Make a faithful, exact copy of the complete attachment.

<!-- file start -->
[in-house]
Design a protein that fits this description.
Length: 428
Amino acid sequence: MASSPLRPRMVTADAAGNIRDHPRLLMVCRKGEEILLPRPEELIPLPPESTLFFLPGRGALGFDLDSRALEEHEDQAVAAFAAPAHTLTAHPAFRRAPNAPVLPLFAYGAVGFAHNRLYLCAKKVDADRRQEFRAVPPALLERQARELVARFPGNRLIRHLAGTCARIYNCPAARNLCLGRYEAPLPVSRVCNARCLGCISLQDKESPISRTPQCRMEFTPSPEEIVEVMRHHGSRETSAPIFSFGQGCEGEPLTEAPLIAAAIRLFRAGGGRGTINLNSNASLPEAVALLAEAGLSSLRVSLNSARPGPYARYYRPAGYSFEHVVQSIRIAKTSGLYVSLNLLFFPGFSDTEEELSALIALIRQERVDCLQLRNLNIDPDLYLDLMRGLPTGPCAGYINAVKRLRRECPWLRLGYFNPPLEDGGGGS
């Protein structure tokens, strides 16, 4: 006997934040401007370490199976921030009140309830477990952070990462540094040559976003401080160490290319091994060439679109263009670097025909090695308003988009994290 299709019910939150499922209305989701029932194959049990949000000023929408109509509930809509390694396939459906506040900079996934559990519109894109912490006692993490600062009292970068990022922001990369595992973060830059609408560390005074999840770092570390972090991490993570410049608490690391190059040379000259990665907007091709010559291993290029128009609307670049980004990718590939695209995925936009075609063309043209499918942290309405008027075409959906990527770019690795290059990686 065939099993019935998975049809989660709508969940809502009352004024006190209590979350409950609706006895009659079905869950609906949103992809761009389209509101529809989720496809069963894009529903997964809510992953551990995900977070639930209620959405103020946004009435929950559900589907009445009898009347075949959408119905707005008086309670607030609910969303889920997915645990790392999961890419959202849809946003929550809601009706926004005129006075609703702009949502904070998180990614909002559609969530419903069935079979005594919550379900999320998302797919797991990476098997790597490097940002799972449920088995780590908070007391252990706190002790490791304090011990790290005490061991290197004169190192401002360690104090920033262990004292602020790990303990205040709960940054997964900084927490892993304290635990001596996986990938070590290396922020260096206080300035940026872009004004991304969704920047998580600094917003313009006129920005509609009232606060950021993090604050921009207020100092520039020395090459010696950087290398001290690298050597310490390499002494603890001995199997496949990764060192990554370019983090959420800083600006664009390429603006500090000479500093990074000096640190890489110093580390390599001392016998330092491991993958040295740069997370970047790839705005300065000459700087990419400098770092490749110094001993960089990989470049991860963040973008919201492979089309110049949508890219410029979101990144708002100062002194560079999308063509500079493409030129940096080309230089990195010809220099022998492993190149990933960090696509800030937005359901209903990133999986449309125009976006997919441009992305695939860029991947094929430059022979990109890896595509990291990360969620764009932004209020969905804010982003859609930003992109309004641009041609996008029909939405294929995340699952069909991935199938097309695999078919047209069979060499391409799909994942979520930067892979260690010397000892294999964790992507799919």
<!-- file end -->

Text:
[in-house]
Design a protein that fits this description.
Length: 428
Amino acid sequence: MASSPLRPRMVTADAAGNIRDHPRLLMVCRKGEEILLPRPEELIPLPPESTLFFLPGRGALGFDLDSRALEEHEDQAVAAFAAPAHTLTAHPAFRRAPNAPVLPLFAYGAVGFAHNRLYLCAKKVDADRRQEFRAVPPALLERQARELVARFPGNRLIRHLAGTCARIYNCPAARNLCLGRYEAPLPVSRVCNARCLGCISLQDKESPISRTPQCRMEFTPSPEEIVEVMRHHGSRETSAPIFSFGQGCEGEPLTEAPLIAAAIRLFRAGGGRGTINLNSNASLPEAVALLAEAGLSSLRVSLNSARPGPYARYYRPAGYSFEHVVQSIRIAKTSGLYVSLNLLFFPGFSDTEEELSALIALIRQERVDCLQLRNLNIDPDLYLDLMRGLPTGPCAGYINAVKRLRRECPWLRLGYFNPPLEDGGGGS
């Protein structure tokens, strides 16, 4: 006997934040401007370490199976921030009140309830477990952070990462540094040559976003401080160490290319091994060439679109263009670097025909090695308003988009994290 299709019910939150499922209305989701029932194959049990949000000023929408109509509930809509390694396939459906506040900079996934559990519109894109912490006692993490600062009292970068990022922001990369595992973060830059609408560390005074999840770092570390972090991490993570410049608490690391190059040379000259990665907007091709010559291993290029128009609307670049980004990718590939695209995925936009075609063309043209499918942290309405008027075409959906990527770019690795290059990686 065939099993019935998975049809989660709508969940809502009352004024006190209590979350409950609706006895009659079905869950609906949103992809761009389209509101529809989720496809069963894009529903997964809510992953551990995900977070639930209620959405103020946004009435929950559900589907009445009898009347075949959408119905707005008086309670607030609910969303889920997915645990790392999961890419959202849809946003929550809601009706926004005129006075609703702009949502904070998180990614909002559609969530419903069935079979005594919550379900999320998302797919797991990476098997790597490097940002799972449920088995780590908070007391252990706190002790490791304090011990790290005490061991290197004169190192401002360690104090920033262990004292602020790990303990205040709960940054997964900084927490892993304290635990001596996986990938070590290396922020260096206080300035940026872009004004991304969704920047998580600094917003313009006129920005509609009232606060950021993090604050921009207020100092520039020395090459010696950087290398001290690298050597310490390499002494603890001995199997496949990764060192990554370019983090959420800083600006664009390429603006500090000479500093990074000096640190890489110093580390390599001392016998330092491991993958040295740069997370970047790839705005300065000459700087990419400098770092490749110094001993960089990989470049991860963040973008919201492979089309110049949508890219410029979101990144708002100062002194560079999308063509500079493409030129940096080309230089990195010809220099022998492993190149990933960090696509800030937005359901209903990133999986449309125009976006997919441009992305695939860029991947094929430059022979990109890896595509990291990360969620764009932004209020969905804010982003859609930003992109309004641009041609996008029909939405294929995340699952069909991935199938097309695999078919047209069979060499391409799909994942979520930067892979260690010397000892294999964790992507799919």